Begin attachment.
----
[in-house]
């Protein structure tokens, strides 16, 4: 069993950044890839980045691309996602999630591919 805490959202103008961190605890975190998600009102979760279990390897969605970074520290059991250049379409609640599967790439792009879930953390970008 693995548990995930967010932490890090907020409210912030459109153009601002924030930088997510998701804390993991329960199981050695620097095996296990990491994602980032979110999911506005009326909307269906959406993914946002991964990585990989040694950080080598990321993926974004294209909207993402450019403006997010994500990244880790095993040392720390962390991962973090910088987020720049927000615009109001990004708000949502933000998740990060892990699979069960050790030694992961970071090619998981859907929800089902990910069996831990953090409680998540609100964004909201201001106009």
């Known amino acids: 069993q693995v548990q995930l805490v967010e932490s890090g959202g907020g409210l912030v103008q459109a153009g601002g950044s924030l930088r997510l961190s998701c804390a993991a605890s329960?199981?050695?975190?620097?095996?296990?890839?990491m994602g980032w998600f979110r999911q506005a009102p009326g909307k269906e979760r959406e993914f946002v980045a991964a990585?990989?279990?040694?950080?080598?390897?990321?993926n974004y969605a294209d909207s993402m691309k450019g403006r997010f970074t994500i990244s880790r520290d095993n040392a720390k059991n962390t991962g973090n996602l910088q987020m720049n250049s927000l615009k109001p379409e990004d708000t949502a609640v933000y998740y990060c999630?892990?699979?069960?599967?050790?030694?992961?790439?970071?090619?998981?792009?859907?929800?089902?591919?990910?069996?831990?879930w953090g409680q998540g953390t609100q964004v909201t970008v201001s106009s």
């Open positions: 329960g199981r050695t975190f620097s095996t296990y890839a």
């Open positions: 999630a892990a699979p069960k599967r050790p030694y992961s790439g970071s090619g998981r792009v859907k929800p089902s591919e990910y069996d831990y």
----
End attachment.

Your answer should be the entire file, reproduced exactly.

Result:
[in-house]
């Protein structure tokens, strides 16, 4: 069993950044890839980045691309996602999630591919 805490959202103008961190605890975190998600009102979760279990390897969605970074520290059991250049379409609640599967790439792009879930953390970008 693995548990995930967010932490890090907020409210912030459109153009601002924030930088997510998701804390993991329960199981050695620097095996296990990491994602980032979110999911506005009326909307269906959406993914946002991964990585990989040694950080080598990321993926974004294209909207993402450019403006997010994500990244880790095993040392720390962390991962973090910088987020720049927000615009109001990004708000949502933000998740990060892990699979069960050790030694992961970071090619998981859907929800089902990910069996831990953090409680998540609100964004909201201001106009």
């Known amino acids: 069993q693995v548990q995930l805490v967010e932490s890090g959202g907020g409210l912030v103008q459109a153009g601002g950044s924030l930088r997510l961190s998701c804390a993991a605890s329960?199981?050695?975190?620097?095996?296990?890839?990491m994602g980032w998600f979110r999911q506005a009102p009326g909307k269906e979760r959406e993914f946002v980045a991964a990585?990989?279990?040694?950080?080598?390897?990321?993926n974004y969605a294209d909207s993402m691309k450019g403006r997010f970074t994500i990244s880790r520290d095993n040392a720390k059991n962390t991962g973090n996602l910088q987020m720049n250049s927000l615009k109001p379409e990004d708000t949502a609640v933000y998740y990060c999630?892990?699979?069960?599967?050790?030694?992961?790439?970071?090619?998981?792009?859907?929800?089902?591919?990910?069996?831990?879930w953090g409680q998540g953390t609100q964004v909201t970008v201001s106009s």
């Open positions: 329960g199981r050695t975190f620097s095996t296990y890839a």
């Open positions: 999630a892990a699979p069960k599967r050790p030694y992961s790439g970071s090619g998981r792009v859907k929800p089902s591919e990910y069996d831990y």